Black business

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The term black business is an Asian term in terms of origin and use. In the west, corporate and social responsibility has been on the minds of management teams for a while. It is also starting to get traction in Asian companies that are exposed to international markets. It doesn’t seem to trouble some Japanese companies however.

Black business as a term, isn’t about environmental issues, though I imagine that they probably won’t rate great on that either compared t their peers. 

Instead black business focuses purely on how they manage and treat their employees. A black business is a dismal place to work. 

A black business is described as a company that overworks its employees, harasses them, and/or pays significantly low wages for the work provided.

Charges against black businesses include death by overwork. While this is a Japanese buzzword, it doesn’t apply strictly to Japanese companies or their workers. Death by overwork happens in multinational companies. International advertising agencies have a reputation for it.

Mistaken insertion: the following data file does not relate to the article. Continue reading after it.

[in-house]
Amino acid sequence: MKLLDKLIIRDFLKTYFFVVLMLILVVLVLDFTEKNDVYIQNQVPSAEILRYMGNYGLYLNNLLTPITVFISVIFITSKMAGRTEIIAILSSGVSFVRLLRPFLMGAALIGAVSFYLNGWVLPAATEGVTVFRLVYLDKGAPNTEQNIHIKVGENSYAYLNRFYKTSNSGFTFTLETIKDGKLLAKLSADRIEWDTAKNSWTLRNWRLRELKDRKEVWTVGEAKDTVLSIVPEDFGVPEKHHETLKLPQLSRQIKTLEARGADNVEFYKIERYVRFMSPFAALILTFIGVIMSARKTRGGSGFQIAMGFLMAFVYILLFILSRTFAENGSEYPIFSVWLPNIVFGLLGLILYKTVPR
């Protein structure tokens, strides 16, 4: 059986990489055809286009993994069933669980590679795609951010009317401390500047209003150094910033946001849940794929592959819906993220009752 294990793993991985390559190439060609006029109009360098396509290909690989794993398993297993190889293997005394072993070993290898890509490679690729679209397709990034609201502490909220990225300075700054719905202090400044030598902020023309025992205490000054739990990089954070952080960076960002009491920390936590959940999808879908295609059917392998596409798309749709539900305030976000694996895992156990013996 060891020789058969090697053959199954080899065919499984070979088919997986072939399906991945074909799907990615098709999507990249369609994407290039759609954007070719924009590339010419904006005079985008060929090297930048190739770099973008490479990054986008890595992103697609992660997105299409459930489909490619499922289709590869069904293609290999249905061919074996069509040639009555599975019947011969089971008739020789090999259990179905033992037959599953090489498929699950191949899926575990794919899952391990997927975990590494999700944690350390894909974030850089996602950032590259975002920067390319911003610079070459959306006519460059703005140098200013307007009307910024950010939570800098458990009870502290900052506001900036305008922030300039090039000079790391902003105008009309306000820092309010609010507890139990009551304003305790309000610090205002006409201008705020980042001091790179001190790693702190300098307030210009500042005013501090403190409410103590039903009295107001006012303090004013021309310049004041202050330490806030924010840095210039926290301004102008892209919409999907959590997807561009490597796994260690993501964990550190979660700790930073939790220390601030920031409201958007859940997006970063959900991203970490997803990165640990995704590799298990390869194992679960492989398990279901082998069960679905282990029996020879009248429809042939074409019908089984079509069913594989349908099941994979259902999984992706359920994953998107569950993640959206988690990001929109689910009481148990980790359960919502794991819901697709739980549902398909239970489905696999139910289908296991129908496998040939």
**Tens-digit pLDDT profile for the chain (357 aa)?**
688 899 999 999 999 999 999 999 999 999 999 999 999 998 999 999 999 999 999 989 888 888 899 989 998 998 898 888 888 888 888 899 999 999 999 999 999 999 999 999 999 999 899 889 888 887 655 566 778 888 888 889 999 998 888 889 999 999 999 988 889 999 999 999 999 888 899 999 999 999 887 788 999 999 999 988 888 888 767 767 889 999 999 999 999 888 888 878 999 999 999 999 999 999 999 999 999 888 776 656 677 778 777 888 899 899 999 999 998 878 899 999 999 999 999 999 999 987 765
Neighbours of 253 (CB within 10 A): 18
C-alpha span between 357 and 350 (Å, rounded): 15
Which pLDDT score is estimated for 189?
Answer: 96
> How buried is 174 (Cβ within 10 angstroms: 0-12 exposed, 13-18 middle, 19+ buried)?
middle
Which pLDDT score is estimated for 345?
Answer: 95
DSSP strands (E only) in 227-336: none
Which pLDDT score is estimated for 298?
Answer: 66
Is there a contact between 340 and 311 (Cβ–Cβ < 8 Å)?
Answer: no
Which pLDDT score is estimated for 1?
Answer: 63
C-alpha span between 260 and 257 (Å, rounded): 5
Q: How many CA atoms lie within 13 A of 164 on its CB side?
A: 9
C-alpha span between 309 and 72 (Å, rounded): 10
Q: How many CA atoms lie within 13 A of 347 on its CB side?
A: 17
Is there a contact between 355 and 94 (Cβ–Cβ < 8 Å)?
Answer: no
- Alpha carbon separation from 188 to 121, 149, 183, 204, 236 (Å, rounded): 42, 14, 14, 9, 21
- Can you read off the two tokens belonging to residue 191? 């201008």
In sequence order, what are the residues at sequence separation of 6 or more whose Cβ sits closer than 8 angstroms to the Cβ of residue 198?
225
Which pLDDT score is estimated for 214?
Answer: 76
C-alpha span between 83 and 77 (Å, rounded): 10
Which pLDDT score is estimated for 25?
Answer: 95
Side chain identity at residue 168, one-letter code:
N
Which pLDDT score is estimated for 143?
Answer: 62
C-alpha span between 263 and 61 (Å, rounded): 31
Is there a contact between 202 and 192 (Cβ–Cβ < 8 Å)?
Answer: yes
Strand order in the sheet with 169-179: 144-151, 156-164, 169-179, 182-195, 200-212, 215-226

Work cultures in Chinese companies would be typical of black business attributes. These would generally fall into the kind of wolf culture seen at firms like Huawei. The 996 working style prevalent in Chinese tech firms, would be considered overworking members of staff. Chinese fashion online retail company Pin Duo Duo has seen a number of employee deaths through overwork. 

Foxconn saw worker suicides soar due to pressure on employees and their difficulties adjusting to life on huge campuses. 

Many Chinese construction firms working abroad routinely pay their Chinese employees six months late. This is due to the hamfisted mess that payments are made from the main contractor to sub-contractors.

Workers rights in China are routinely suppressed by unions in concert with the employer and the local government.  

More information

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